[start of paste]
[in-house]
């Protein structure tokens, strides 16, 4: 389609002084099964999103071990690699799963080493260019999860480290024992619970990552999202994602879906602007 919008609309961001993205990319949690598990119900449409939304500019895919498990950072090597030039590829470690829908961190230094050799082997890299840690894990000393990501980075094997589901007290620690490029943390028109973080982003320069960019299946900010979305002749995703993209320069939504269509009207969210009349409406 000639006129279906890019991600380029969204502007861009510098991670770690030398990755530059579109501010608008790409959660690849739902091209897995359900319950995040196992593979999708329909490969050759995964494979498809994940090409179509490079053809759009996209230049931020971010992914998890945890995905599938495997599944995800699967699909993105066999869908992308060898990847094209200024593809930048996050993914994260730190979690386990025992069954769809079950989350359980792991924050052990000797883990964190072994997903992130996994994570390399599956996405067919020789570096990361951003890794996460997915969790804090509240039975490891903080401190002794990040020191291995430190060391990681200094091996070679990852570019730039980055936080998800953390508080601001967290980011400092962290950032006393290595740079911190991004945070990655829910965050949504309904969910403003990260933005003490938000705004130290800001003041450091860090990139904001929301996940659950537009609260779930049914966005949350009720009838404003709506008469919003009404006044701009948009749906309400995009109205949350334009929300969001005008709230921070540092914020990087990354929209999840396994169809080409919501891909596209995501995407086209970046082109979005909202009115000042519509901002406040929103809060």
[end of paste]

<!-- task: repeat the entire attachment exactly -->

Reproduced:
[in-house]
């Protein structure tokens, strides 16, 4: 389609002084099964999103071990690699799963080493260019999860480290024992619970990552999202994602879906602007 919008609309961001993205990319949690598990119900449409939304500019895919498990950072090597030039590829470690829908961190230094050799082997890299840690894990000393990501980075094997589901007290620690490029943390028109973080982003320069960019299946900010979305002749995703993209320069939504269509009207969210009349409406 000639006129279906890019991600380029969204502007861009510098991670770690030398990755530059579109501010608008790409959660690849739902091209897995359900319950995040196992593979999708329909490969050759995964494979498809994940090409179509490079053809759009996209230049931020971010992914998890945890995905599938495997599944995800699967699909993105066999869908992308060898990847094209200024593809930048996050993914994260730190979690386990025992069954769809079950989350359980792991924050052990000797883990964190072994997903992130996994994570390399599956996405067919020789570096990361951003890794996460997915969790804090509240039975490891903080401190002794990040020191291995430190060391990681200094091996070679990852570019730039980055936080998800953390508080601001967290980011400092962290950032006393290595740079911190991004945070990655829910965050949504309904969910403003990260933005003490938000705004130290800001003041450091860090990139904001929301996940659950537009609260779930049914966005949350009720009838404003709506008469919003009404006044701009948009749906309400995009109205949350334009929300969001005008709230921070540092914020990087990354929209999840396994169809080409919501891909596209995501995407086209970046082109979005909202009115000042519509901002406040929103809060």